Tennessee is currently embroiled in worker’s compensation negotiations. The state has higher costs for businesses to acquire worker’s compensation coverage than many other nearby states, and the companies are suggesting a rate cut. Doctors in the state suggest that cutting rates that businesses must pay will trickle down to less money earned in the medical community, which already operates on thin margins. According to statistics:
“In Tennessee, 67 percent of claims money now goes to pay medical costs such as payments to doctors and hospitals. The rest goes to make lump sum or other payments to injured workers whose ability to earn a regular paycheck is damaged by their injuries.” – The Tennessean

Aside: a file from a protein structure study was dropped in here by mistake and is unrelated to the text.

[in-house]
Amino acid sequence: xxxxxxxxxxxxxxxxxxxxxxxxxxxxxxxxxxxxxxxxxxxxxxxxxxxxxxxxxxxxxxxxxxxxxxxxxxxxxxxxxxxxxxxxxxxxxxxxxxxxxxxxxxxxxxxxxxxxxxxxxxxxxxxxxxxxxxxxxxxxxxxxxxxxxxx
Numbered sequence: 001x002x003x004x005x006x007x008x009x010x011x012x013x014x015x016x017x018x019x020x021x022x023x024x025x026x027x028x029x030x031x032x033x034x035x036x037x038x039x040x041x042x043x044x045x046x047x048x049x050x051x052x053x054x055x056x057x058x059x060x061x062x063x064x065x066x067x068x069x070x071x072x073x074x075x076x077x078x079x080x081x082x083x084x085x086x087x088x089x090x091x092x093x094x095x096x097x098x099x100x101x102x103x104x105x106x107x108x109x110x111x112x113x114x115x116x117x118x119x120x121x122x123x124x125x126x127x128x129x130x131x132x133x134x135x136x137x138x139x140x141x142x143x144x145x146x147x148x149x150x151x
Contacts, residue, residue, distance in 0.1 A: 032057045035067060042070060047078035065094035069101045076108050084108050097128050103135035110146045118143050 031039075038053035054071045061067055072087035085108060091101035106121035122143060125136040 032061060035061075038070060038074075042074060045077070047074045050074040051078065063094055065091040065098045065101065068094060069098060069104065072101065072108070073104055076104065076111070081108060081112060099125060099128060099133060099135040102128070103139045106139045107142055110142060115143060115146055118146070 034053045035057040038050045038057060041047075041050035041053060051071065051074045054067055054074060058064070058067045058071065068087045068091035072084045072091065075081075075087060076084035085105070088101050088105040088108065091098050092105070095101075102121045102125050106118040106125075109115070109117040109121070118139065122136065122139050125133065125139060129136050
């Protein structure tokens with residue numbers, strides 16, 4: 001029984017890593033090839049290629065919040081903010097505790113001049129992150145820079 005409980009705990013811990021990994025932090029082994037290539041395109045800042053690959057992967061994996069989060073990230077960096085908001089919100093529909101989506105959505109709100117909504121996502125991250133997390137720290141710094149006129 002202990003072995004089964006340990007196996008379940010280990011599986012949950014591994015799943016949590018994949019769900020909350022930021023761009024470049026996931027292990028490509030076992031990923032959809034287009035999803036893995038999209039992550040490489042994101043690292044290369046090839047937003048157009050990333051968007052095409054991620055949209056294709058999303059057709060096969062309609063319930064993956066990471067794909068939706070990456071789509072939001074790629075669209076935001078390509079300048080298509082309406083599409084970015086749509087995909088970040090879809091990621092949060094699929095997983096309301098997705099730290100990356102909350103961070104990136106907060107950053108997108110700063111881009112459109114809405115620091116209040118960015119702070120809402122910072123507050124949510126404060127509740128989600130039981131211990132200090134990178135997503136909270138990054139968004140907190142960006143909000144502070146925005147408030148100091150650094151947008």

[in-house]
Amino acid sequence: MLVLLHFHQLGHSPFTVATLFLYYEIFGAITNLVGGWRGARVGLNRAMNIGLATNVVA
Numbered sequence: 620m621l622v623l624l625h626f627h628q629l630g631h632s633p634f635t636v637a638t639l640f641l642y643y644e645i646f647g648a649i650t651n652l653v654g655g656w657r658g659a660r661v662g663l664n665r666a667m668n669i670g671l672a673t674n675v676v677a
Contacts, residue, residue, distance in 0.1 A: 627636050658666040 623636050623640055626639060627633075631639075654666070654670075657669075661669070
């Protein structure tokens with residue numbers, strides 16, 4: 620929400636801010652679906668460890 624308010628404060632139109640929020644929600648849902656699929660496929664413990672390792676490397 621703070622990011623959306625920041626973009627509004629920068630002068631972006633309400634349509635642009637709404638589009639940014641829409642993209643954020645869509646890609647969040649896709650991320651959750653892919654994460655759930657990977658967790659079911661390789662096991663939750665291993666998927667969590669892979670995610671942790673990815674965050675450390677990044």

This is a difficult topic that seeks to balance as low of rates as possible for businesses so that they can continue offering the best possible worker’s comp for their employees. Of course if those rates are cut too far then there will be no doctors around to handle the comp cases when they come to fruition.
“Anytime you start talking about making cuts in reimbursements, particularly for those physicians who don’t see a huge number of injured workers, there’s an incentive for them to say, ‘That’s it. I’m out of this,’ ” said Gary Zelizer, a lobbyist for the Tennessee Medical Association.”
The state is currently assessing options that other states have used to bridge the gap, but have not yet come to any definitive conclusions. The bill is currently operating under a 60 stay but will need to be resolved in the very near future in order to properly cover employees in 2012-2013.